United States District Court, D. Nevada
TASHAUN S. HALE, Plaintiff,
WARDEN D. NEVENS, et al., Defendants.
ROBERT C. JONES, District Judge.
This pro se prisoner civil rights suit comes before the Court for initial review of the complaint. Action on the pauper application is deferred at this time.
When a "prisoner seeks redress from a governmental entity or officer or employee of a governmental entity, " the court must "identify cognizable claims or dismiss the complaint, or any portion of the complaint, if the complaint: (1) is frivolous, malicious, or fails to state a claim upon which relief may be granted; or (2) seeks monetary relief from a defendant who is immune from such relief." 28 U.S.C. § 1915A(b).
In considering whether the plaintiff has stated a claim upon which relief can be granted, all material factual allegations are accepted as true for purposes of initial review and are to be construed in the light most favorable to the plaintiff. See, e.g., Russell v. Landrieu, 621 F.2d 1037, 1039 (9th Cir. 1980). However, mere legal conclusions unsupported by any actual allegations of fact are not assumed to be true in reviewing the complaint. Ashcroft v. Iqbal, 556 U.S. 662 (2009). That is, bare and conclusory assertions that constitute merely formulaic recitations of the elements of a cause of action and that are devoid of further factual enhancement are not accepted as true and do not state a claim for relief. Id.
Further, the factual allegations must state a plausible claim for relief, meaning that the well-pleaded facts must permit the court to infer more than the mere possibility of misconduct:
[A] complaint must contain sufficient factual matter, accepted as true, to "state a claim to relief that is plausible on its face." [ Bell Atlantic Corp. v. Twombly, 550 U.S. 544, 570, 127 S.Ct. 1955, 1974, 167 L.Ed.2d 929 (2007).] A claim has facial plausibility when the plaintiff pleads factual content that allows the court to draw the reasonable inference that the defendant is liable for the misconduct alleged. Id., at 556, 127 S.Ct. 1955. The plausibility standard is not akin to a "probability requirement, " but it asks for more than a sheer possibility that a defendant has acted unlawfully. Ibid. Where a complaint pleads facts that are "merely consistent with" a defendant's liability, it "stops short of the line between possibility and plausibility of entitlement to relief.'" Id., at 557, 127 S.Ct. 1955 (brackets omitted).
.... [W]here the well-pleaded facts do not permit the court to infer more than the mere possibility of misconduct, the complaint has alleged - but it has not "show[n]" - "that the pleader is entitled to relief." Fed. Rule Civ. Proc. 8(a)(2).
Iqbal, 556 U.S. at 678.
Allegations of a pro se complainant are held to less stringent standards than formal pleadings drafted by lawyers. Haines v. Kerner, 404 U.S. 519 (1972).
Plaintiff Tashaun Hale seeks compensatory and punitive damages as well as declaratory and injunctive relief from High Desert State Prison ("High Desert") Warden D. Nevens, Nevada Department of Corrections ("NDOC") Director James G. Cox, High Desert Associate Warden Lisa Walsh, fictitiously named correctional officers, and a generically named inspector general. All defendants except for the generically named inspector general are sued both in their official and individual capacity.
In Count I, plaintiff alleges that he was subjected to cruel and unusual punishment in violation of the Eighth Amendment when prison officials failed to protect him from being raped by his cell mate.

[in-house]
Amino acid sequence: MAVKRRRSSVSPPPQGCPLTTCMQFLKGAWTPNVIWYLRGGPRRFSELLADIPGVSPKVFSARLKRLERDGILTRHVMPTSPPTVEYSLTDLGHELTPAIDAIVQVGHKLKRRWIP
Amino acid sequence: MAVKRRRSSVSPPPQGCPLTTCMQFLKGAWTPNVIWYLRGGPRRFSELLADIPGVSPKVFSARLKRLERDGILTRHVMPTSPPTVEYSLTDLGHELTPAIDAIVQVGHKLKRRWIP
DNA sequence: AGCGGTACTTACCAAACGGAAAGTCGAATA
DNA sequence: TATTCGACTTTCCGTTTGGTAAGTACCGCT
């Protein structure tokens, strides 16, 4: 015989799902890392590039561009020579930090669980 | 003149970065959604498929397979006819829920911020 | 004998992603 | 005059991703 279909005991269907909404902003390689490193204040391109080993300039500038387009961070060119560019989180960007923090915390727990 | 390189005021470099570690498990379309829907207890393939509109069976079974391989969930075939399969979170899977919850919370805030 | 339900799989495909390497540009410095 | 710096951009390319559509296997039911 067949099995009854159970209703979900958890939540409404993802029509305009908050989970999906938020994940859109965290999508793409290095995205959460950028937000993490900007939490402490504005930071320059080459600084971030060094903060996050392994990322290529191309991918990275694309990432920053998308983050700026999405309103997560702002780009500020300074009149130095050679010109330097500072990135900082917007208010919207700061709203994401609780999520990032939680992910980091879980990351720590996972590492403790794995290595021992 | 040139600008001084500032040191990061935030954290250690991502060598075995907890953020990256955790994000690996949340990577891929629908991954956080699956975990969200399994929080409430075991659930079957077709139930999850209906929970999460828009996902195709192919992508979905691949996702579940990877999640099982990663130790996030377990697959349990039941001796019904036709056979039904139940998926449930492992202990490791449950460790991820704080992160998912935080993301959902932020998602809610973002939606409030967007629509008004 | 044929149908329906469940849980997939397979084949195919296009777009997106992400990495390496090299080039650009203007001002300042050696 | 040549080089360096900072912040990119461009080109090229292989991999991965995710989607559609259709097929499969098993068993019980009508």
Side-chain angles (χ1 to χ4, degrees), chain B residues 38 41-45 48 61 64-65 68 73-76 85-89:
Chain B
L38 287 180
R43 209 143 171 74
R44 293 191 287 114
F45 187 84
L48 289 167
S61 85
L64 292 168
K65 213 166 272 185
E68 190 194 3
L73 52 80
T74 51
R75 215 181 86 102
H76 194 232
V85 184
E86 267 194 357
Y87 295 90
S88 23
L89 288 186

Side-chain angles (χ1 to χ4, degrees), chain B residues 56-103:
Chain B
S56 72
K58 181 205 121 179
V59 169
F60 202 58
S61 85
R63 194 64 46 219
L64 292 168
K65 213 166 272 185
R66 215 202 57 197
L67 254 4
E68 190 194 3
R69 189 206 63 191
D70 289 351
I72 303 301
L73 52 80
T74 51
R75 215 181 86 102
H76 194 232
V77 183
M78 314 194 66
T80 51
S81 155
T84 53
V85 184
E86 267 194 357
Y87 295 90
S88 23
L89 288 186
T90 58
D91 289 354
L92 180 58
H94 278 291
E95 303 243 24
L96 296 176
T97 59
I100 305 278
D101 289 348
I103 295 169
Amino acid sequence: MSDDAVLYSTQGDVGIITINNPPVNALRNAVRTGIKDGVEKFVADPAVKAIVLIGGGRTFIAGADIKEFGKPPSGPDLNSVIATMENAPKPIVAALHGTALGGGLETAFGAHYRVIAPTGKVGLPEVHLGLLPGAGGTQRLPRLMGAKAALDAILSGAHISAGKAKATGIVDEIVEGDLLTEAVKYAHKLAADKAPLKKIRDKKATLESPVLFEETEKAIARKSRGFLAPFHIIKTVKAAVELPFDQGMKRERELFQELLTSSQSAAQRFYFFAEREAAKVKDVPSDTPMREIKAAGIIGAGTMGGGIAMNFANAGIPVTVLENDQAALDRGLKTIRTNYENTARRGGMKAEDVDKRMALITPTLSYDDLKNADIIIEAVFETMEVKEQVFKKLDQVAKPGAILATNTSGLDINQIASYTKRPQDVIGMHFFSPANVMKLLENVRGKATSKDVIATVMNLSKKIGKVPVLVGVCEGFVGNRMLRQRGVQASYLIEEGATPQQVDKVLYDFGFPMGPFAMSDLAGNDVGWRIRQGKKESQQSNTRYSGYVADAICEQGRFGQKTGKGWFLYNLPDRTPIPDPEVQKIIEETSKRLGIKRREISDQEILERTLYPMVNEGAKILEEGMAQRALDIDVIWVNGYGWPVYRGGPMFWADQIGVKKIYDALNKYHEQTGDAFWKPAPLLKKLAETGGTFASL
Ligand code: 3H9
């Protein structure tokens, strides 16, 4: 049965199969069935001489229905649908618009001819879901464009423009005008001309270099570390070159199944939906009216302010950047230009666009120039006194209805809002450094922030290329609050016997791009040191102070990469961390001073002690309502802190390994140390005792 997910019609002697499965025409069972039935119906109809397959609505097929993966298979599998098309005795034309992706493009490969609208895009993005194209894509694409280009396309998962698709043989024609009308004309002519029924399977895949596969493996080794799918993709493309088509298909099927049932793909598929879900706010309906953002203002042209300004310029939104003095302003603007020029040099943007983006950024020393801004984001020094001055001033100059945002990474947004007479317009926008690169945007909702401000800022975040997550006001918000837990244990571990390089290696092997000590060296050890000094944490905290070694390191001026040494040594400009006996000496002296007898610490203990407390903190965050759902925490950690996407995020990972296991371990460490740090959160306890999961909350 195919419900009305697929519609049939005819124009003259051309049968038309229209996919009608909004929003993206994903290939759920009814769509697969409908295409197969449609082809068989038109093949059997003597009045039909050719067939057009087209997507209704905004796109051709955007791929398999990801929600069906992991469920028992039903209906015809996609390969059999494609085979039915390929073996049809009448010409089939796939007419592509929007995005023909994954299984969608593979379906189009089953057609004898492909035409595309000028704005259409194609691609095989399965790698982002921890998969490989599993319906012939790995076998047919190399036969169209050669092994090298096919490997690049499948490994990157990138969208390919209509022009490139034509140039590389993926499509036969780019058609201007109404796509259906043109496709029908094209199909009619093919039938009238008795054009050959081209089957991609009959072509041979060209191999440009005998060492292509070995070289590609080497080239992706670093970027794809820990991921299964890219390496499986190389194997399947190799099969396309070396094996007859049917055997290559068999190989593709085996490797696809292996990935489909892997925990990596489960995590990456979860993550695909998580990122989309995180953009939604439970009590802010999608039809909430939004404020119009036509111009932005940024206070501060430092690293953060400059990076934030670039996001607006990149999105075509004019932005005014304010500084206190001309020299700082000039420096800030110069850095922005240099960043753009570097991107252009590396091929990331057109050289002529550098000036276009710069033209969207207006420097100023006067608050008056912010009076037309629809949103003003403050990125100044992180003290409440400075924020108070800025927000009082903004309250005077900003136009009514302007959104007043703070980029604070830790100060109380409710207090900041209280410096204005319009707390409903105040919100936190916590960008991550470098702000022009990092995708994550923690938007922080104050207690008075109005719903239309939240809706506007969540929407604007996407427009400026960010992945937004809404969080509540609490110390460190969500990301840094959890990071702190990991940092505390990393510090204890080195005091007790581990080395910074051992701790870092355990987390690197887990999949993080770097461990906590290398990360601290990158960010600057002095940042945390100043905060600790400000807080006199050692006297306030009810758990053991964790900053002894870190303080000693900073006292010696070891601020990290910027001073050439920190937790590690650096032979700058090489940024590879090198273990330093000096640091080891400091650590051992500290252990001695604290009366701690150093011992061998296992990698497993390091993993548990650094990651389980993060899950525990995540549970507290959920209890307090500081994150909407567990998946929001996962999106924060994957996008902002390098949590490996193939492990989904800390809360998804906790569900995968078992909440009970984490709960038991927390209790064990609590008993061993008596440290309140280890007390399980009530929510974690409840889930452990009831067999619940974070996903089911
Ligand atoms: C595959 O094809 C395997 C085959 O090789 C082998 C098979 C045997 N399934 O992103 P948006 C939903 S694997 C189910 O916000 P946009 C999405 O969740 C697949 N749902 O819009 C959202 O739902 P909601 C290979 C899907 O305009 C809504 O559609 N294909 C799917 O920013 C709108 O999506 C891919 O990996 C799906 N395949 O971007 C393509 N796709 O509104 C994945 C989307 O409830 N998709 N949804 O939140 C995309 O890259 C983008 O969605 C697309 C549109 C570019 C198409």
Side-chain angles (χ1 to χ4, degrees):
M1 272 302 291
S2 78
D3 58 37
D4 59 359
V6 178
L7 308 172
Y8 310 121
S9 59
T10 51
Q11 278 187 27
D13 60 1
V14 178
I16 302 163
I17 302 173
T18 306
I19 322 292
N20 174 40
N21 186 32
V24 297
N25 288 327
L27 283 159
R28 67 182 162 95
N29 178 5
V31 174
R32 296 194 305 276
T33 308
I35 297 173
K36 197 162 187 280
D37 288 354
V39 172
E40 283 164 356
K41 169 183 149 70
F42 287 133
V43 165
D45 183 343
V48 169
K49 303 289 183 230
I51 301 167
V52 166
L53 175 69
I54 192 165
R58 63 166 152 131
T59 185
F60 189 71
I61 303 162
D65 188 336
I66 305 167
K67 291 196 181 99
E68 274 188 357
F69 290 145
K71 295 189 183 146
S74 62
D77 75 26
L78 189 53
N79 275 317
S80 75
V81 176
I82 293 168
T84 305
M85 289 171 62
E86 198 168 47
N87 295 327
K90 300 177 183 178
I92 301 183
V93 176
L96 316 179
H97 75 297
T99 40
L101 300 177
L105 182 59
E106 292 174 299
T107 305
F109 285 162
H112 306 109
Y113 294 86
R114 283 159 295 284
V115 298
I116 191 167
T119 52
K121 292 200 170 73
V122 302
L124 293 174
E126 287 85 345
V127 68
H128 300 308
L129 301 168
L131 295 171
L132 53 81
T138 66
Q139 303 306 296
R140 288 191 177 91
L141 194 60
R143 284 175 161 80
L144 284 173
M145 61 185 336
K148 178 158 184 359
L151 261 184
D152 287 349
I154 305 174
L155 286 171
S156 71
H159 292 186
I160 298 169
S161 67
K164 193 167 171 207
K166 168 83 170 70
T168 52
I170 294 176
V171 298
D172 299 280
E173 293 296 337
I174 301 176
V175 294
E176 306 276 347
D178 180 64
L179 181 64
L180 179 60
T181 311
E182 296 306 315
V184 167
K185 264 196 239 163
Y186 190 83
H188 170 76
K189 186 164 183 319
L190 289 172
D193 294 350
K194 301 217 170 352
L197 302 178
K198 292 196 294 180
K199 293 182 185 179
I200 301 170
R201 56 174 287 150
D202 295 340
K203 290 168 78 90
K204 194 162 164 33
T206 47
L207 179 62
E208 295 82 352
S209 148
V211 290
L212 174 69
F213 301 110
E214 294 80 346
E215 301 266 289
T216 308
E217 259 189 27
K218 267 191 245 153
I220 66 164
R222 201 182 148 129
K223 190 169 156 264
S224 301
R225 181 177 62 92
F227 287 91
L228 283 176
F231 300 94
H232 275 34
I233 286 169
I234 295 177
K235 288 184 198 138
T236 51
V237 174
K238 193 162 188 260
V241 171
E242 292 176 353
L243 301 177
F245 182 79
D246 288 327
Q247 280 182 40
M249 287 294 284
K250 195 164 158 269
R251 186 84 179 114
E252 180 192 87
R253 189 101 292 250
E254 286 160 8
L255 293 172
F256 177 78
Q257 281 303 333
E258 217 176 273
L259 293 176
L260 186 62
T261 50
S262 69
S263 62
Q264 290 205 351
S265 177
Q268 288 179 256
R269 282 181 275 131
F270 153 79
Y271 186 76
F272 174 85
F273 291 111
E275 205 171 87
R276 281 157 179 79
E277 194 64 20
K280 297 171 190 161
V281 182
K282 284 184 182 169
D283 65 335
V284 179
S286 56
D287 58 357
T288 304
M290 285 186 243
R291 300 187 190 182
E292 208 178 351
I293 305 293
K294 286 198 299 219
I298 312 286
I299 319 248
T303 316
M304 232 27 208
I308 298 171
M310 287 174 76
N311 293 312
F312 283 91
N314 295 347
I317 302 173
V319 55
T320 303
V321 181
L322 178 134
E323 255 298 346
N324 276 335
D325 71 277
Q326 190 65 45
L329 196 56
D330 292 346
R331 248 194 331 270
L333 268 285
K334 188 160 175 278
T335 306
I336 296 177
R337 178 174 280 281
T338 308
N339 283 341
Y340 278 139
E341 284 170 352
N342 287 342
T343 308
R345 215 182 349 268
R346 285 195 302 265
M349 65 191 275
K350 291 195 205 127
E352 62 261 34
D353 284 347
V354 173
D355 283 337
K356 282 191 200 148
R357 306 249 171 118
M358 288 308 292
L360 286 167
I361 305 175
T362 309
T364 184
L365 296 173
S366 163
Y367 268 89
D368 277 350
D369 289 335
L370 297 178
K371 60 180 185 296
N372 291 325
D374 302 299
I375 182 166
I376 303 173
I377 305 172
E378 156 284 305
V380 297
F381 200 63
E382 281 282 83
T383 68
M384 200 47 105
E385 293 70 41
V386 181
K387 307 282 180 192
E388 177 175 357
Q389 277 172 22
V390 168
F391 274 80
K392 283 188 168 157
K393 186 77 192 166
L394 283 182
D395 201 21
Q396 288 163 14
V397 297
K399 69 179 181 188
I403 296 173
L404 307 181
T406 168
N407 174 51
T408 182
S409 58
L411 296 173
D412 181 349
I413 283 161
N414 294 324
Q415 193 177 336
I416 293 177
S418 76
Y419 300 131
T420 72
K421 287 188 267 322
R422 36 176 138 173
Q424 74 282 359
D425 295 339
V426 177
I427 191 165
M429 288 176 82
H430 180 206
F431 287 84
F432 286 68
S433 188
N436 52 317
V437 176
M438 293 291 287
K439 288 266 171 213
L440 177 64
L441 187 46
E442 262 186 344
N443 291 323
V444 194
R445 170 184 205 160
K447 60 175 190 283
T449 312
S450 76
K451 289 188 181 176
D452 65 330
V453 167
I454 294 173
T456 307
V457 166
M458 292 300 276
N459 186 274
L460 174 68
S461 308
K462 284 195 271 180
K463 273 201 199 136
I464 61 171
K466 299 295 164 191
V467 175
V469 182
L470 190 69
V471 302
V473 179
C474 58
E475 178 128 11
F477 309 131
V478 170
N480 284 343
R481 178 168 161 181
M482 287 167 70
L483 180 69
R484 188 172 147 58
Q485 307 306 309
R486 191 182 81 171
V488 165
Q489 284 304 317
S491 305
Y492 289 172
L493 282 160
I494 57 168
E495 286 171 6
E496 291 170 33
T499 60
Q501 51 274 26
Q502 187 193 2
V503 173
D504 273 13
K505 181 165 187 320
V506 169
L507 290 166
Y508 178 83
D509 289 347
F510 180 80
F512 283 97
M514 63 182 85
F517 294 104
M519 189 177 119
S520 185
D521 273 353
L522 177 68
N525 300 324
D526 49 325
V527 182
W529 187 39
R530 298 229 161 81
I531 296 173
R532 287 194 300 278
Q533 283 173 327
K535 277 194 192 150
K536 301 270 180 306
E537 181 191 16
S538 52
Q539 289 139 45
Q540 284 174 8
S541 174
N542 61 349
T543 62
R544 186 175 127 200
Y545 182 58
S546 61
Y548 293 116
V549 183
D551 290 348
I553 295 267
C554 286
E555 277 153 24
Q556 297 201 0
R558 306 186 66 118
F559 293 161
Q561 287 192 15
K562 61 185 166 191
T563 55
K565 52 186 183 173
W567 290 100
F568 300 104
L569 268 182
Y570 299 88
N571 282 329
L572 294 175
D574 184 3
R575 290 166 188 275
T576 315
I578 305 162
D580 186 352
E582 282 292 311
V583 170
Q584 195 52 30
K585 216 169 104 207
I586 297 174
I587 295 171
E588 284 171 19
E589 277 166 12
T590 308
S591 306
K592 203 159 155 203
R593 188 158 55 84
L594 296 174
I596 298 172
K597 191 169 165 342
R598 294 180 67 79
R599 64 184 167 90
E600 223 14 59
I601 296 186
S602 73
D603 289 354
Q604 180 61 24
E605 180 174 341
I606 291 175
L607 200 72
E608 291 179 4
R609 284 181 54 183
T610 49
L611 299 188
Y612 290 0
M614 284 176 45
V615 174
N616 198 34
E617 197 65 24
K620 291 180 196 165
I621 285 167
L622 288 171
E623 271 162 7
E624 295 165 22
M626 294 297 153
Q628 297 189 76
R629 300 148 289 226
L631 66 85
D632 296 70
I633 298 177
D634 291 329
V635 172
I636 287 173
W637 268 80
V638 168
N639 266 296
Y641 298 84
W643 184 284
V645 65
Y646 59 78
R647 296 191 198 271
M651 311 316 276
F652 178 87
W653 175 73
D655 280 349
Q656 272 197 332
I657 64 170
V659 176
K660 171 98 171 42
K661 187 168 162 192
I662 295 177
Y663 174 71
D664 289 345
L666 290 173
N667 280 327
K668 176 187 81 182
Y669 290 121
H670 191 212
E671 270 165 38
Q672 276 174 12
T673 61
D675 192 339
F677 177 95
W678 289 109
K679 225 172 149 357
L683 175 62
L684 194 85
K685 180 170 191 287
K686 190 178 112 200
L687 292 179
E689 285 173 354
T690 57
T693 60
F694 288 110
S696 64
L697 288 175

Even if the specific factual allegations of Count I arguendo states a claim for relief in the abstract, plaintiff has not stated a claim against a currently identifiable defendant. Even if the count states a claim against unit correctional officers, the allegedly involved officers are named only fictitiously. Plaintiff further alleges conclusorily that the High Desert "A.W.O." and his caseworker were directly responsible. Neither is named as a defendant, even generically or fictitiously and such a conclusory allegation of involvement does not state a claim for relief against a particular defendant. Plaintiff similarly alleges that defendants Neven and Cox are directly responsible, and he refers in the listing of defendants to their being responsible for safety and security at the institution. However, there is no respondeat superior vicarious liability under § 1983 by a supervisory official for the alleged acts of subordinates. A supervisory official may be held liable in his individual capacity only if he either was personally involved in the constitutional deprivation or a sufficient causal connection existed between his unlawful conduct and the constitutional violation. See, e.g., Jackson v. City of Bremerton, 268 F.3d 646, 653 (9th Cir. 2001). Count I thus fails to state a claim upon which relief may be granted against any currently identifiable defendant.
In Count II, plaintiff alleges that he was denied due process of law and equal protection of the laws in violation of the Fourteenth Amendment. He alleges that Nevens, Cox, Walsh, and the generically named inspector general refused to timely and adequately process his grievances regarding the alleged rape.
Count II does not state a claim upon which relief may be granted against any defendant. It is established law that an inmate does not have a constitutional right to have his grievances either decided or processed in a particular manner. See, e.g., Seely v. Gibbons, 2013 WL 6440206 (9th Cir. Dec. 10, 2013); Ramirez v. Galaza, 334 F.3d 850, 860 (9th Cir. 2003). Further, an alleged violation of a state corrections department administrative regulation regarding grievance procedures does not give rise to a deprivation of a protected liberty interest for purposes of the due process clause. See, e.g., Sandin v. Conner, 515 U.S. 472 (1995). Finally, no equal protection claim ...